3) Request and forward your transcripts to your state board of accountancy
4) Pay your CPA Exam fees to receive your notice to schedule (NTS)
5) Schedule your exam at your local Prometric center


If you would like a more detailed checklist to make this process even easier, please download your Free CPA Exam Application Checklist PDF below:


What Are The CPA Exam Education Requirements?

Let’s start with the different requirements for education

NOTE:These are just a summary of the different types of requirements, scroll to the end of this chapter to find your specific state's requirements.

There are the 4 major education requirements to know before signing up for the CPA exam


EDUCATION REQUIREMENT #1
All states require that you obtain at a minimum a Bachelor's degree in accounting - the majority will require a masters in accounting or equivalent upper level degree.

EDUCATION REQUIREMENT #2

The biggest requirement to consider is whether your state requires 150 credit hours or 120 credit hours to actually sit for the exam

This does not mean that you do not need to complete 150 hours because you are required to complete all 150 hours in order to become licensed (except in the Virgin Islands).

EDUCATION REQUIREMENT #3

Be sure to check that you have completed the appropriate # of accounting course credits, business law credits, and other required classes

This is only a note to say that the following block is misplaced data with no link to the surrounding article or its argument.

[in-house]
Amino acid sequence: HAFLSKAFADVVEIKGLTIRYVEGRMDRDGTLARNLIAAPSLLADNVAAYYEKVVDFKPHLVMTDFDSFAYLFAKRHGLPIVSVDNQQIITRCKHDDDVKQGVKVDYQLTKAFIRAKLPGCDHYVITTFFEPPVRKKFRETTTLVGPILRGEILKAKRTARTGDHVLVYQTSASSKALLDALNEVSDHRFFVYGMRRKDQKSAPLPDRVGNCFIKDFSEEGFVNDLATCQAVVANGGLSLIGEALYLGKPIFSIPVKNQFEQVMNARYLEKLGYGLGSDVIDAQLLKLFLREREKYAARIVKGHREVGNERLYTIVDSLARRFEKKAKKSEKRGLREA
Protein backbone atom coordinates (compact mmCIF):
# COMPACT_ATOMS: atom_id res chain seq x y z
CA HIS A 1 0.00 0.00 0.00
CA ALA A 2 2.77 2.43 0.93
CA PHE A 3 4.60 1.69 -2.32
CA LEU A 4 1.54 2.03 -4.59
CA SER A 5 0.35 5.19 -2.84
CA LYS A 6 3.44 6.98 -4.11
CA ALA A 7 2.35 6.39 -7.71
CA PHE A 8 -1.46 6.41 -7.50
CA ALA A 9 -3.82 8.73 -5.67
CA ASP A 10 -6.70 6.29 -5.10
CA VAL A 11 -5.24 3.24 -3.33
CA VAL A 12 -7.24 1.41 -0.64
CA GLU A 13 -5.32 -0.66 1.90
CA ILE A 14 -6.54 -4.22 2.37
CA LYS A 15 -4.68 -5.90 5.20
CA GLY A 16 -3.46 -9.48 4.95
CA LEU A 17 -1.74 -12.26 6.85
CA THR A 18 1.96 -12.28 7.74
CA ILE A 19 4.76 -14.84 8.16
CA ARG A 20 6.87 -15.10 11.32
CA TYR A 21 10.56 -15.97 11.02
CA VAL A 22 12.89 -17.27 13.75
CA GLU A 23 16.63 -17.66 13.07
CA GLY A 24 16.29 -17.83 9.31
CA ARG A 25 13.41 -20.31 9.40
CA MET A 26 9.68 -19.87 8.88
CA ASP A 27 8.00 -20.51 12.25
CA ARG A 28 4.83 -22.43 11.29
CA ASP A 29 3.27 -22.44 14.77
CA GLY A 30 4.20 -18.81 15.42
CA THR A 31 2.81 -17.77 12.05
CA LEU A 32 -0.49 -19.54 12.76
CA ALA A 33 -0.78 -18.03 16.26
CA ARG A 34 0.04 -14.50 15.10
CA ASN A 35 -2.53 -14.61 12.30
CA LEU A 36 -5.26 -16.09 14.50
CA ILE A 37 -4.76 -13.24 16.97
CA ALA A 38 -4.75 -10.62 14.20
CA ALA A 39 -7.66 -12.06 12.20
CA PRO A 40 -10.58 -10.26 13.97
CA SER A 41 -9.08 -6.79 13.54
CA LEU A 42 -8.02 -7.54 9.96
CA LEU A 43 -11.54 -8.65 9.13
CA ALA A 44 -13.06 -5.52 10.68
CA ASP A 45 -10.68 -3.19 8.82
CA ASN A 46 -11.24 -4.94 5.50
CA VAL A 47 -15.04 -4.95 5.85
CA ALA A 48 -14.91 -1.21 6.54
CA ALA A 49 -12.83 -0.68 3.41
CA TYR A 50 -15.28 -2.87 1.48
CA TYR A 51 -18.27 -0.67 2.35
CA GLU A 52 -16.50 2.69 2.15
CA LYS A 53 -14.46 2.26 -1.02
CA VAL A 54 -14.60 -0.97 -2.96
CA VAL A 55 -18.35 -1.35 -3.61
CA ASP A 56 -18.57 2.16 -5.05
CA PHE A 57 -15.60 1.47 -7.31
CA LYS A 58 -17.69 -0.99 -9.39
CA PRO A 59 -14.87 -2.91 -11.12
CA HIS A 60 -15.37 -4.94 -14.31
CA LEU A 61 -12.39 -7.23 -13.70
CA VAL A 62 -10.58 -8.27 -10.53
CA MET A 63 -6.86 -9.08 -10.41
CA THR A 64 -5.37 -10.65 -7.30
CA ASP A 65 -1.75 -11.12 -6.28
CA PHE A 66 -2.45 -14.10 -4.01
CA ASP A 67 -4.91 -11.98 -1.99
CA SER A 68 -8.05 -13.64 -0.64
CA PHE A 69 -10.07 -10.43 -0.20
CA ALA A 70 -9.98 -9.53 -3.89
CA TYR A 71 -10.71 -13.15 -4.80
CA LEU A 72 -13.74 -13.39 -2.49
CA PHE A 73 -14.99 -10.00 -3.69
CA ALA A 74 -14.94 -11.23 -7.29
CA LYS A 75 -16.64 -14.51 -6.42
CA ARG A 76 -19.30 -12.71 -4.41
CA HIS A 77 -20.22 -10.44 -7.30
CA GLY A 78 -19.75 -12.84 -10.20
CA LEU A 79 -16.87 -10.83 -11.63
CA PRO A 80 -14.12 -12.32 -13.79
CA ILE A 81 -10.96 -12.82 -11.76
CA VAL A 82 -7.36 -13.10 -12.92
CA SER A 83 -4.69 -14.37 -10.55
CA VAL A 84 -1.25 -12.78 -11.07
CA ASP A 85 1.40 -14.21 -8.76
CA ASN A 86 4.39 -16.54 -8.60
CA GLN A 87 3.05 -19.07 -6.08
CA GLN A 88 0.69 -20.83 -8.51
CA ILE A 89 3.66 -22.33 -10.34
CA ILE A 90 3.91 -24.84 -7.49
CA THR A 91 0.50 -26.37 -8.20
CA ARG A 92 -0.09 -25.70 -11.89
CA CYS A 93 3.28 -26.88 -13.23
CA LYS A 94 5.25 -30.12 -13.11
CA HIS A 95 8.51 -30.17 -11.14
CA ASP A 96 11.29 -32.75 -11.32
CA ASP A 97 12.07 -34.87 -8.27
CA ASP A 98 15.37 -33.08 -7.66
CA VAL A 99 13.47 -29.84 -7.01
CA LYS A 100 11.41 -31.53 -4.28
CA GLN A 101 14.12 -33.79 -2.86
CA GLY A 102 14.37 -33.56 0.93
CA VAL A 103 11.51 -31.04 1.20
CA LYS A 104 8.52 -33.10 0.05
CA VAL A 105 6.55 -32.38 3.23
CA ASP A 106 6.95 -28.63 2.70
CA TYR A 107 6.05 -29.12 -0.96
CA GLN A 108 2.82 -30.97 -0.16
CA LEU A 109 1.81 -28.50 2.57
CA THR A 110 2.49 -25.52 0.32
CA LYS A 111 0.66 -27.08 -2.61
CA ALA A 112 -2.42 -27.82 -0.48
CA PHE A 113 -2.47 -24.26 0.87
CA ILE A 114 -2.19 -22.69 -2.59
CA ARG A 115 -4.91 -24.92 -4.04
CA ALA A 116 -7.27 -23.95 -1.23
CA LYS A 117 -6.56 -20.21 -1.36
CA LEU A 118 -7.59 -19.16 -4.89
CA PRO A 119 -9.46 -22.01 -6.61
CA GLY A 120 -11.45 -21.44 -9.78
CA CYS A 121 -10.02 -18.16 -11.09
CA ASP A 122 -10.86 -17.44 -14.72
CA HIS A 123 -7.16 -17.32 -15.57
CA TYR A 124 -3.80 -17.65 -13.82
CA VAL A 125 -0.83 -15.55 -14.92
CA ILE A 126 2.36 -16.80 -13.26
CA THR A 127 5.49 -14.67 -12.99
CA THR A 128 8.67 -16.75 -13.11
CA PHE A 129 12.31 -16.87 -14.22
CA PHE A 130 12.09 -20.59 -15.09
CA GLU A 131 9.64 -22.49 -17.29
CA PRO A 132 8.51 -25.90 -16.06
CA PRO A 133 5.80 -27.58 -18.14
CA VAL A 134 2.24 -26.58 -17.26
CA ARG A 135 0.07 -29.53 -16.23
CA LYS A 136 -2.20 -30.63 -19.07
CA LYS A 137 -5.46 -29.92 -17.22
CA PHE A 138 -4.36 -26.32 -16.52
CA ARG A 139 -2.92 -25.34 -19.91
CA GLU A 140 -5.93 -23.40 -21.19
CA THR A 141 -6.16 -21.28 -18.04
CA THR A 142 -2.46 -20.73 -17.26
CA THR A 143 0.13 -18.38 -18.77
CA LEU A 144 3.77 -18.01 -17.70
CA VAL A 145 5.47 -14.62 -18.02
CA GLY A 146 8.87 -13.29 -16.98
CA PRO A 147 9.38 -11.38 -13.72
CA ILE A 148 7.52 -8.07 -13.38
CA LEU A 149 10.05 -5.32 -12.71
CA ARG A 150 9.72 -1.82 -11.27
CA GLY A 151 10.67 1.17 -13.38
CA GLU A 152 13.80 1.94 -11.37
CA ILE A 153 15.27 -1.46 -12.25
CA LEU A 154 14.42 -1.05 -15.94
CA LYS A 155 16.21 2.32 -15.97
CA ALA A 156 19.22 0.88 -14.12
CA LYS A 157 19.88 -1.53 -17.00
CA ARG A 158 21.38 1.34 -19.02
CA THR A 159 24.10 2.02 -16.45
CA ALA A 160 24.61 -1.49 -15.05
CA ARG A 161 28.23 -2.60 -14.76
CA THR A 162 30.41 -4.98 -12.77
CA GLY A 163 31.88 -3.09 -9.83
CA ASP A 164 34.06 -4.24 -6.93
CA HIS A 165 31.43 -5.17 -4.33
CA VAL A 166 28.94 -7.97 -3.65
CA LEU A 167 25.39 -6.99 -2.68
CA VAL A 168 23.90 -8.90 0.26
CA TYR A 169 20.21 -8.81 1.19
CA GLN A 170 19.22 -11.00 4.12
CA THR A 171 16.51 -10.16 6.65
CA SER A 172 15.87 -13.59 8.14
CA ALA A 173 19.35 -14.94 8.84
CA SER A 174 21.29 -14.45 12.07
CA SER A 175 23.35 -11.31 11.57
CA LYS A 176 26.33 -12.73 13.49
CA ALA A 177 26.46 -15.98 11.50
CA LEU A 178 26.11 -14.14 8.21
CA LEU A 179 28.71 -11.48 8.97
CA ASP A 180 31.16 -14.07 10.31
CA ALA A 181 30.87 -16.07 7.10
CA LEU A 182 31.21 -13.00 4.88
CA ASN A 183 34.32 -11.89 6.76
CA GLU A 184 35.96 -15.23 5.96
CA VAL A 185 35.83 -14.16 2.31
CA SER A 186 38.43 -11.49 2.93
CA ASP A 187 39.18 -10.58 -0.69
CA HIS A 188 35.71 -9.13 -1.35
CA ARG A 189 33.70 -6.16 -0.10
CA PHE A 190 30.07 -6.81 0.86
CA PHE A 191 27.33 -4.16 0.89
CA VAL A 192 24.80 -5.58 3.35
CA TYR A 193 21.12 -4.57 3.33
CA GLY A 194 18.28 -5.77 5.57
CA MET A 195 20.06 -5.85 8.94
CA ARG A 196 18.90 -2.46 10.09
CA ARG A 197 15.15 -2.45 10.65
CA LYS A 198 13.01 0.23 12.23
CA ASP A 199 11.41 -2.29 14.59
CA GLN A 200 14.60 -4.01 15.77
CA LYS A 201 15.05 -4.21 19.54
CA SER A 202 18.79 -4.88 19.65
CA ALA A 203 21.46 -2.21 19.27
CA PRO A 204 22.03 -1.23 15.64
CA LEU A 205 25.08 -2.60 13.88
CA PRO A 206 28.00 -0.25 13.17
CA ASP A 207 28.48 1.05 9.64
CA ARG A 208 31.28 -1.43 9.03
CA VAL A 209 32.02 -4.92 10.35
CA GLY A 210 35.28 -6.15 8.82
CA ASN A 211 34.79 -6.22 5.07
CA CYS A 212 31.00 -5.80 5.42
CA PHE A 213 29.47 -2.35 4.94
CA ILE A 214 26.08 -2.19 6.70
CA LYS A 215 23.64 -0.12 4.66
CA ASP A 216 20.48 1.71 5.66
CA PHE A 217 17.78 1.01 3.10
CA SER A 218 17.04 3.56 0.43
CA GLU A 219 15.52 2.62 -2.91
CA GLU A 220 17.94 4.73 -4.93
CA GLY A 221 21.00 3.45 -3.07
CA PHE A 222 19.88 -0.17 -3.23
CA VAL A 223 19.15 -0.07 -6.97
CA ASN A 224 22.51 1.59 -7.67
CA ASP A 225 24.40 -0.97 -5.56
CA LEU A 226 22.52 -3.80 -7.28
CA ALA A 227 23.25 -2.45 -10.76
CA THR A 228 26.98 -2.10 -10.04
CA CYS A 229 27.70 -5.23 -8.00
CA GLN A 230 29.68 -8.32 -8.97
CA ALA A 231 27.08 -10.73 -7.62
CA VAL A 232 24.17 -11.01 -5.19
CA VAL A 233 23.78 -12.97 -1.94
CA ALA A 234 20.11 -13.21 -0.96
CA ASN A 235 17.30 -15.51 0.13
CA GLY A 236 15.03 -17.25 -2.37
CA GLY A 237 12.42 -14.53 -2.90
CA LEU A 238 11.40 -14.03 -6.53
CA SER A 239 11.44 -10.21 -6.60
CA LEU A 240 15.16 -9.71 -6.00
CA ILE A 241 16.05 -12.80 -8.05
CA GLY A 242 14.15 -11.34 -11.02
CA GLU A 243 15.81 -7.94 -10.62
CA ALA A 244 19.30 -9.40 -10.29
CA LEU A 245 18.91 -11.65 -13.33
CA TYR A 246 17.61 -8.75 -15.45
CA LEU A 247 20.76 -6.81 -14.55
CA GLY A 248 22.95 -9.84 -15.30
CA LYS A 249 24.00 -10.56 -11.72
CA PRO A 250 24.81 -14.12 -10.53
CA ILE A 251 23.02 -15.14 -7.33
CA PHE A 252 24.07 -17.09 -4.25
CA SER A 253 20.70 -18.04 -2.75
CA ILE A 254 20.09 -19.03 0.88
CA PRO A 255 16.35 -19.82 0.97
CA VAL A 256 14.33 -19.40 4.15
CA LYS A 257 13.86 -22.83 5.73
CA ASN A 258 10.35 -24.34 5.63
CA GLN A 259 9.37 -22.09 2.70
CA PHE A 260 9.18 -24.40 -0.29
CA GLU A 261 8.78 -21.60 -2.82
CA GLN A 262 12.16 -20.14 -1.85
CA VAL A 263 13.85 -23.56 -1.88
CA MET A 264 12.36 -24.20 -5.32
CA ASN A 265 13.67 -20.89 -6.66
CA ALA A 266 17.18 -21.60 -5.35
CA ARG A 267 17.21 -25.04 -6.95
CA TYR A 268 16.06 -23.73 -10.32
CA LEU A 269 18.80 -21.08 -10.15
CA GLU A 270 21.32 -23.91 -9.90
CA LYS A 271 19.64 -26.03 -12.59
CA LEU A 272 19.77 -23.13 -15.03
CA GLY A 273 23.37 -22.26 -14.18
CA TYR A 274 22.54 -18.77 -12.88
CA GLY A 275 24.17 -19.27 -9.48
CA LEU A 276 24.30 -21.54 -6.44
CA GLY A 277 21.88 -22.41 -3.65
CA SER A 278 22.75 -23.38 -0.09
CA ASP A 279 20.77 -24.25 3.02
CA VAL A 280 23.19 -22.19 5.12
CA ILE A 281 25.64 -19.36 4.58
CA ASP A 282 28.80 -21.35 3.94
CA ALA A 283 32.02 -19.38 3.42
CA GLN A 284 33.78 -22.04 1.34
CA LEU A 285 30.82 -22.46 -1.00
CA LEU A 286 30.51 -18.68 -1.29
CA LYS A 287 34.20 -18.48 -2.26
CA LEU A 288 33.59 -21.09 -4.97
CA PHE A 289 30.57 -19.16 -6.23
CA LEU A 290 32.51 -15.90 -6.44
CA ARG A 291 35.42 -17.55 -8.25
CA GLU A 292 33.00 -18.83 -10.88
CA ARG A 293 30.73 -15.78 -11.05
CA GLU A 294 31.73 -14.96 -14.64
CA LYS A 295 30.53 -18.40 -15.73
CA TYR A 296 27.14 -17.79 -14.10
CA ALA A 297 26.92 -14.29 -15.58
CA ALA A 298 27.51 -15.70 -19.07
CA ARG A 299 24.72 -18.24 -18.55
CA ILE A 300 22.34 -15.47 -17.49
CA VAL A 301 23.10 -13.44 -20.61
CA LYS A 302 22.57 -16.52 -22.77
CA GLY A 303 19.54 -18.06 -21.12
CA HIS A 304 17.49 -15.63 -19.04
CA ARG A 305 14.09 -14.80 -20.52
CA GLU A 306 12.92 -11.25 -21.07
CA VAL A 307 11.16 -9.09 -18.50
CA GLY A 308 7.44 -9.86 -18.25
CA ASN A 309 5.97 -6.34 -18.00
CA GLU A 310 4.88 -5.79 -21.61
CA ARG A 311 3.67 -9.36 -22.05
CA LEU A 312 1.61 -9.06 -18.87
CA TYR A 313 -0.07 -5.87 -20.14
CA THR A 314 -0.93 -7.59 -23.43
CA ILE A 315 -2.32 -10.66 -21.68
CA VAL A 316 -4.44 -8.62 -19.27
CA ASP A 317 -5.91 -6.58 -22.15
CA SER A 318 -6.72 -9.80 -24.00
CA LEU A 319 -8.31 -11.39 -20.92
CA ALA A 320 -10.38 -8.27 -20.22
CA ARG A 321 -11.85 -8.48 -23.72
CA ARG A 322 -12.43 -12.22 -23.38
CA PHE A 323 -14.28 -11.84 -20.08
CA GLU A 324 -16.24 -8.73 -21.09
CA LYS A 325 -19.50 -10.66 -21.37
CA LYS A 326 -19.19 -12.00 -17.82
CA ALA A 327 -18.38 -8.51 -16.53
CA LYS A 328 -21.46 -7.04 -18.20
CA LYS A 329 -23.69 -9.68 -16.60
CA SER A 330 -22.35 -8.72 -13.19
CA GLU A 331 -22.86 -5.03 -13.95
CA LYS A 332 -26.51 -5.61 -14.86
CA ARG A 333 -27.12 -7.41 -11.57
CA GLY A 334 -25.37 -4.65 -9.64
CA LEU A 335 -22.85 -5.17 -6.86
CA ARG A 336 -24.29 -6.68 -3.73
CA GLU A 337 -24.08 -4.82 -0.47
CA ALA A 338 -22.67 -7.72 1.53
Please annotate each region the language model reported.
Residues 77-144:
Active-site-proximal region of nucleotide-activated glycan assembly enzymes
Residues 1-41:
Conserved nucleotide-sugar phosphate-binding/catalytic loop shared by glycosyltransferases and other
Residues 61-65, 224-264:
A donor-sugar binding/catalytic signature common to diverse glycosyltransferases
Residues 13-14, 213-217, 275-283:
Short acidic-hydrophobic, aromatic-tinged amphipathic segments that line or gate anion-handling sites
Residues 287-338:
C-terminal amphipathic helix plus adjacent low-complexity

Again these will vary by state

EDUCATION REQUIREMENT #4

Whatever state you decide to sit for the CPA exam you will need to send the following to your State Board Of Accountancy

    1. College Transcripts”

    2. Your CPA Exam Application

    3. Allow 4-6 Weeks for this process to be completed for 1st time candidates

What Are CPA Exam Residency Requirements?

Did you know that you can sit for the CPA exam in a state where you don’t currently live?

Understanding CPA Exam residency requirements is a crucial requirement if you are planning on working in a different state than you currently live.


It is possible to sit in a different state and then transfer your CPA credits once you have established residency and want to become licensed in that state.


I did this when I was sitting for the exam, I sat in Illinois and then transferred my credits to Missouri when I became licensed at PwC in downtown St Louis.

I did this because I could start sitting for the exam sooner in IL than in MO even though I knew I would be working in MO.

The more you know right!

CPA Exam Age Requirements